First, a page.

Since the beginning of the 90s, a usability test, as a method for evaluation of a product’s user friendliness, belongs to the core of the user-centered design of software as well as of hardware. However, a test in the lab is cost-intensive and requires considerable effort. On this account, manufacturers may totally spare usability tests in special circumstances. Whereas user feedback is very important in every development process, several providers promote a more cost-effective and efficient alternative to a test in the lab: a so called remote usability test (RUT) which can be done via internet. Using special online tools, customers are even enabled to conduct a test autonomously without any usability expert. Providers of RUT promise a quality of insights which are as good as from the lab test.
In this regard, the question arises: is a classic usability test in the lab still up to date?
We would like to look at both methods separately.
Usability test in the lab
During the classic usability test in the lab, 6-10 potential users try to accomplish typical tasks with the product, instructed by a moderator. All identified interaction problems are registered. With the help of the thinking-aloud-method, participants are asked to comment on their actions and to speak out all their thoughts. This qualitative data facilitates the interpretation of results. The moderator can ask further questions during and after the test and assist in the case of difficulties (but the moderator can also unconsciously influence the user’s opinion, for example by wording). A further advantage of a lab session is the possibility to avoid different disturbances like interruptions, noise, movements, multitasking, etc. However, this advantage is a disadvantage at the same time: the interaction with the product in such an artificial surrounding may tempt test persons to behave differently from their everyday life in which they would normally use the product. Questions like e.g. if the user is able to easily find back into an already started task after an interruption, are difficult to evaluate in the lab. Furthermore, only a limited number of participants can be tested in the lab.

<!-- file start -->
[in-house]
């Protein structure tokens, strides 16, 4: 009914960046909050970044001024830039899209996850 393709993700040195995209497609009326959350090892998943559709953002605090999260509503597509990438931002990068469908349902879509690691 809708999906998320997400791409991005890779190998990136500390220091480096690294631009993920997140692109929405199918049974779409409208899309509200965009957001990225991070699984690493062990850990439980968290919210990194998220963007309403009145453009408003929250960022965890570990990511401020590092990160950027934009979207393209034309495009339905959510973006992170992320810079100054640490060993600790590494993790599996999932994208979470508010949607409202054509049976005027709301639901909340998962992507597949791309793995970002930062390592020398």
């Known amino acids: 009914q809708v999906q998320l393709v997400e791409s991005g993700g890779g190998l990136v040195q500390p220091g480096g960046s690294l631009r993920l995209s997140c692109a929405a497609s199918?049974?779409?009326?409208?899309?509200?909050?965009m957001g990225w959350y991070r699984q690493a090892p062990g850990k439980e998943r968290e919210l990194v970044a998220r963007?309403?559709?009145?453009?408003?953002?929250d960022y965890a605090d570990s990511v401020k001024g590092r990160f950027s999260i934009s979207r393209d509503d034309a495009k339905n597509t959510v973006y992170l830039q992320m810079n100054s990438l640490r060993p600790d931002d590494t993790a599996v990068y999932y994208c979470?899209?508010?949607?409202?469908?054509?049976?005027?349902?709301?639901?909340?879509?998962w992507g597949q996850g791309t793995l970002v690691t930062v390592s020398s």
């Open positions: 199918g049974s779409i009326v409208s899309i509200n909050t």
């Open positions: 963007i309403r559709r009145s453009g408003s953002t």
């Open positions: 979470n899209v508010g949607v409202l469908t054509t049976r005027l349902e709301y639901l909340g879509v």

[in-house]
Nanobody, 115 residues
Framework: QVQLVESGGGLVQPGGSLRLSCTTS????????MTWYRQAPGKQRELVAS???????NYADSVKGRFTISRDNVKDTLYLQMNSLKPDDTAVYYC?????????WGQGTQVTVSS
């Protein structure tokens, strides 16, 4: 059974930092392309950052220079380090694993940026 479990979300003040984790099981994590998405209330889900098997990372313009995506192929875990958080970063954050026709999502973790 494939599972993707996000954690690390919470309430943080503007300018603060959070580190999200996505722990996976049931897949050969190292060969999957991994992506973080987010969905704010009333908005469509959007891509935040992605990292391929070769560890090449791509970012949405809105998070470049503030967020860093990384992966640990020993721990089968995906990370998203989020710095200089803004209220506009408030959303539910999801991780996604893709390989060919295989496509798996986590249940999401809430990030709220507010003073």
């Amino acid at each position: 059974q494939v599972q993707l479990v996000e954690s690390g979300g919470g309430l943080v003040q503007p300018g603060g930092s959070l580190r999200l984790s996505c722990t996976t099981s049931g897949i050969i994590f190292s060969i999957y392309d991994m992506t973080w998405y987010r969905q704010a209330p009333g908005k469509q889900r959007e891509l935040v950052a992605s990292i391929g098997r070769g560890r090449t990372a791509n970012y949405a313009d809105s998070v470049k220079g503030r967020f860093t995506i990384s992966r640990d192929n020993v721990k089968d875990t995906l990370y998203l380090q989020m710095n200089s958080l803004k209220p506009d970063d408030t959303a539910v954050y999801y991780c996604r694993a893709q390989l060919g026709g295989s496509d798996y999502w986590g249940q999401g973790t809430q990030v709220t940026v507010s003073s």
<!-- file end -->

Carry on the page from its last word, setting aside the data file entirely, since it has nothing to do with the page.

For a classic usability test, a lab is necessary. Participants have to be recruited and incentivized. An experienced moderator is essential. Normally, each test is done individually with each participant. That is why all participants can be tested only successively. Furthermore, the feasibility of lab tests is often limited to a special period of time (e.g. daytime, not a holiday). On these grounds, the costs and time, as well as the efforts for the preparation and running of the lab tests are high.
Two different possibilities for a remote usability test should be distinguished – the moderated (synchronous) and the not moderated (asynchronous) test. Both types have in common: they have to be accomplished via internet.
During the moderated remote usability test (mRUT), a moderator and a user of a system/product participate in different places, but at the same time. Users sit in front of their own computers, while the moderator can sit somewhere else, i.e. in his office. Normally, only one participant can test the product at the same time. The moderator sees the display of the participant and leads him through the session, for example by phone or video connection. Different research studies showed that a mRUT produces results which are similar to the results from the lab. Moderated tests have two remarkable advantages compared to the lab test: the reachability of unique and regionally scattered target groups and testing in an environment which is more familiar to participants.